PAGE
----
RELATED: 50 Best Sci-Fi Horror Movies of All Time (RANKED)

Despite not being the best low-budget monster movie ever made, ‘Death Valley’ gives its all as it tries to keep a great sense of spatial awareness throughout its run time.

Some highly suspenseful moments in this title include when Chloe tiptoes around her infected coworkers as well as a dismembered monster mug that is terrifyingly ugly. 

To keep the audience’s curiosity cultivated, Ninaber threads this monster walk with just enough breadcrumbs of the story, including some references about the creature being the biblical Nephilim. 

This storytelling tactic also tries to justify making Kaster’s character what appeared to be a kind of femme fatale status at the beginning of the movie.

Ninaber is not trying to outdo the flicks in this genre that came before Death Valley with this feature as he heavily borrows from these same movies making the end product feel like a mash-up of different scenes from different movies.

The shots capturing this nasty creature as Beckett and the rest of the survivors are excellently done props to the director of cinematography Brent Tremain.

When it comes to the threat at hand, facing a single deadly monster isn’t the worst encounter in the monster verse. As mentioned earlier, financial constraints only allowed for a single monster, and the movie portrays this baddie fantastically.

Narrative-wise, there is nothing unique between Beckett’s one last mission before he dives headfirst into parenthood or humankind’s inflated ego or rather the tight-shirted loonies viewers have witnessed holding innocent civilians hostage so many times before.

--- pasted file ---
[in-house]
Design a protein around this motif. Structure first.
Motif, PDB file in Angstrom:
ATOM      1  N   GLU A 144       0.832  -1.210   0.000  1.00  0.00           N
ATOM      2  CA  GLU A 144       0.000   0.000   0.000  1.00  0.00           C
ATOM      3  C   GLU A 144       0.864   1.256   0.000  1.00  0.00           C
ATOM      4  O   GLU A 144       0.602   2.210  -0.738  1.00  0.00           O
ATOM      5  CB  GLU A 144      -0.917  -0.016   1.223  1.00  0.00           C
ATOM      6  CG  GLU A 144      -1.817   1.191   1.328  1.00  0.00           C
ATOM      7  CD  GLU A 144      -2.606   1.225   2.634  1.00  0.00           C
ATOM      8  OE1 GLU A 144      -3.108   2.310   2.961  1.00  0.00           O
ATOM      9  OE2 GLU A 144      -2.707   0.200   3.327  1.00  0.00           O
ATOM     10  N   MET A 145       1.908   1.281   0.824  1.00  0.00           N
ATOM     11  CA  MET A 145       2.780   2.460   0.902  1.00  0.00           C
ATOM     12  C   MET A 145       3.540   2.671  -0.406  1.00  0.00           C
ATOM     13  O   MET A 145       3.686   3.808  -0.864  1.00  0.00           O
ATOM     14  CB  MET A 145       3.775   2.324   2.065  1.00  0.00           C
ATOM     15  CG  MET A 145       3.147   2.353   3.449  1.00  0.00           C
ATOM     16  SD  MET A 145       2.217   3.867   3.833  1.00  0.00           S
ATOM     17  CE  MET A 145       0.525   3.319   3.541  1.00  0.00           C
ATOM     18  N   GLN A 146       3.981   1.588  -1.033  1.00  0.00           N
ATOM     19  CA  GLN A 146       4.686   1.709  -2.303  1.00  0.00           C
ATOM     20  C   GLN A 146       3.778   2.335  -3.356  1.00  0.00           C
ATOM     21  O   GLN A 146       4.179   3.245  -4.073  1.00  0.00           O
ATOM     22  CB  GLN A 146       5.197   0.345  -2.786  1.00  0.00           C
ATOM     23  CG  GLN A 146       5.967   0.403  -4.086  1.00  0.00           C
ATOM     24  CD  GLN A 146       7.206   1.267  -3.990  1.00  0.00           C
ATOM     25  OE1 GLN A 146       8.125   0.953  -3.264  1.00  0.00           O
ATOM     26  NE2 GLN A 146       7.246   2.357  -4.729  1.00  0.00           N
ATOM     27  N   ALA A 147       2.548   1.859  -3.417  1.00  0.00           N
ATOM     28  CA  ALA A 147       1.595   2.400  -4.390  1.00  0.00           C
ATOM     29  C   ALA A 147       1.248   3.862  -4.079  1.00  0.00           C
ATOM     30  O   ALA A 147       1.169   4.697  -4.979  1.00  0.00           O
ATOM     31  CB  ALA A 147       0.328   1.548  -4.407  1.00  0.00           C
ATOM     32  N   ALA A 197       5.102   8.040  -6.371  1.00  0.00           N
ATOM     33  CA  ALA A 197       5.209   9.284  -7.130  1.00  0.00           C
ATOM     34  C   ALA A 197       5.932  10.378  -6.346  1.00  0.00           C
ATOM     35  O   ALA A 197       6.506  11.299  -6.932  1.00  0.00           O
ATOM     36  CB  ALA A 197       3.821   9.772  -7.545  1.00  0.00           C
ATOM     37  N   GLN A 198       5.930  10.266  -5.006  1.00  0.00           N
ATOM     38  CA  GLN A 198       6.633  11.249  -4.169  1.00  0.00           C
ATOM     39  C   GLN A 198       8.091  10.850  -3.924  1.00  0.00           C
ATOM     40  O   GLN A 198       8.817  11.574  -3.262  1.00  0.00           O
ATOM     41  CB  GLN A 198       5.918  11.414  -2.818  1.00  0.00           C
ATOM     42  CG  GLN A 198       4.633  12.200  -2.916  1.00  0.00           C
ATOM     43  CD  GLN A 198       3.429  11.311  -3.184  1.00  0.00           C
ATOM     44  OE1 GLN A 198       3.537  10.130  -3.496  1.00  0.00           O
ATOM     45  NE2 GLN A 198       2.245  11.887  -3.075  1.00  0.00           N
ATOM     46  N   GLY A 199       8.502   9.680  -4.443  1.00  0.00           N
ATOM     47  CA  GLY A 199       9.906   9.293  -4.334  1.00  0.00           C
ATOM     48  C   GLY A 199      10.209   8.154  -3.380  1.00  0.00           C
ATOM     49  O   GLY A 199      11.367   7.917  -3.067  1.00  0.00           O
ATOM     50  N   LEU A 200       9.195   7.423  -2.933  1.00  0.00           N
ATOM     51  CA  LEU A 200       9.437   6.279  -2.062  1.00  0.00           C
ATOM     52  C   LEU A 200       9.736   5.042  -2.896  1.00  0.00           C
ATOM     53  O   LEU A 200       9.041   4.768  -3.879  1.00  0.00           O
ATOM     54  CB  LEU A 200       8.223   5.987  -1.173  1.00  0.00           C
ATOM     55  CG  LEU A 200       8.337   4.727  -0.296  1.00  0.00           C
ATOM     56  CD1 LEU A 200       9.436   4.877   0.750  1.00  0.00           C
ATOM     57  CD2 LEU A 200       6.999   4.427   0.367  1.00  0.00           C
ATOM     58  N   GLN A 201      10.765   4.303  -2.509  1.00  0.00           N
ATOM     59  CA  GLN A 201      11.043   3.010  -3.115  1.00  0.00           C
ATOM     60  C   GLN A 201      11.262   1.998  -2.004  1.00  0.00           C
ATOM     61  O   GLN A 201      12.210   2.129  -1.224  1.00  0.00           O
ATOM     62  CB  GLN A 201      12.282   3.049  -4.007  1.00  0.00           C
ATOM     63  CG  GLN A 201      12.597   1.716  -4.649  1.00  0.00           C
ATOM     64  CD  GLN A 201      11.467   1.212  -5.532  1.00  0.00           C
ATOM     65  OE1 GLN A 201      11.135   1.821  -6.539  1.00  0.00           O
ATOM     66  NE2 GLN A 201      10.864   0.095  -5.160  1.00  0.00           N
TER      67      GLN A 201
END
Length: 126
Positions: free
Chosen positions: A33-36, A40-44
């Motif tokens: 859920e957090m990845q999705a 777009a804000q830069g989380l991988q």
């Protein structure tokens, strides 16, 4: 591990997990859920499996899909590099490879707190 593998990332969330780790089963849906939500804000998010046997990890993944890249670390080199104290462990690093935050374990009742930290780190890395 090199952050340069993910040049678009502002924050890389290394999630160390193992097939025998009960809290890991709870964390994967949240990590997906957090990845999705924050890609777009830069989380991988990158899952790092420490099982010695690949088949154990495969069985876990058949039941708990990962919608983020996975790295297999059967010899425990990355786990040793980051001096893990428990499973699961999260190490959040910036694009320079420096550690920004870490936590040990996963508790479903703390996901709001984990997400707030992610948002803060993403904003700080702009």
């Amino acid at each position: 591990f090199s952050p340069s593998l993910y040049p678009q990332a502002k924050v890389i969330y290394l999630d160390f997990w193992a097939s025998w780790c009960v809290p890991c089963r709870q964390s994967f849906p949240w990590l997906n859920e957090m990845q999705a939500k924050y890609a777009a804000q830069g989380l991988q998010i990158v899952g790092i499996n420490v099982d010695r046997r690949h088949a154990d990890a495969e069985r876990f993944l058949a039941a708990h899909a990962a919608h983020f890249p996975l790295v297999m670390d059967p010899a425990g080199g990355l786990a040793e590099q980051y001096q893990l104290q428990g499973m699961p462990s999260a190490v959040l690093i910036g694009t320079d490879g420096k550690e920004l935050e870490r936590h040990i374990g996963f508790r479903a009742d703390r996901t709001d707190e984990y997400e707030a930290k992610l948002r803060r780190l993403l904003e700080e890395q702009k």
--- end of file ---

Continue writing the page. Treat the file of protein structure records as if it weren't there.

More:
But despite never being fully disturbing, ‘Death Valley’ disappoints most when it isn’t a monster movie, which it actually is but seems to forget quite often as it takes way too much time to introduce the critter. Also, the creature gets very little screen time, and audiences don’t get enough time to get to know or even appreciate this magnificent creation doom spelling creation.

However, there is plenty of violence with bouts of blood-spattered everywhere that gives this title some points gore-wise.

The voice dubbing is pretty sloppy and amateurish in several key scenes. The lighting isn’t the best as many scenes are pretty dark, causing a strain on the person watching the film. The music is quite generic, and the dialogue is outright cringeworthy. 

The performances, too, from the entire cast, which consisted of Ninaber’s relatives and collaborators, wasn’t really outstanding, which to some extent weighed the movie down.

‘Death Valley’ isn’t one of those features that linger in audiences’ memories long after they debut, and one can’t blame it considering it isn’t a blockbuster kind of a film.

Overall’ Death Valley’ is still worth checking out just to appreciate the well-designed monster and the visual effects in the movie. However, if one is offended by violence or indecent language, it is better to skip this one as this film is fully packed with these.

SCORE: 5/10

  • Hrvoje Milakovic is co-owner of Fiction Horizon and a big cinephile. Apart from that, he likes to read comics, play games and collect action figures. He has been featured on LifeWire, Yahoo and IMDb, to name a few.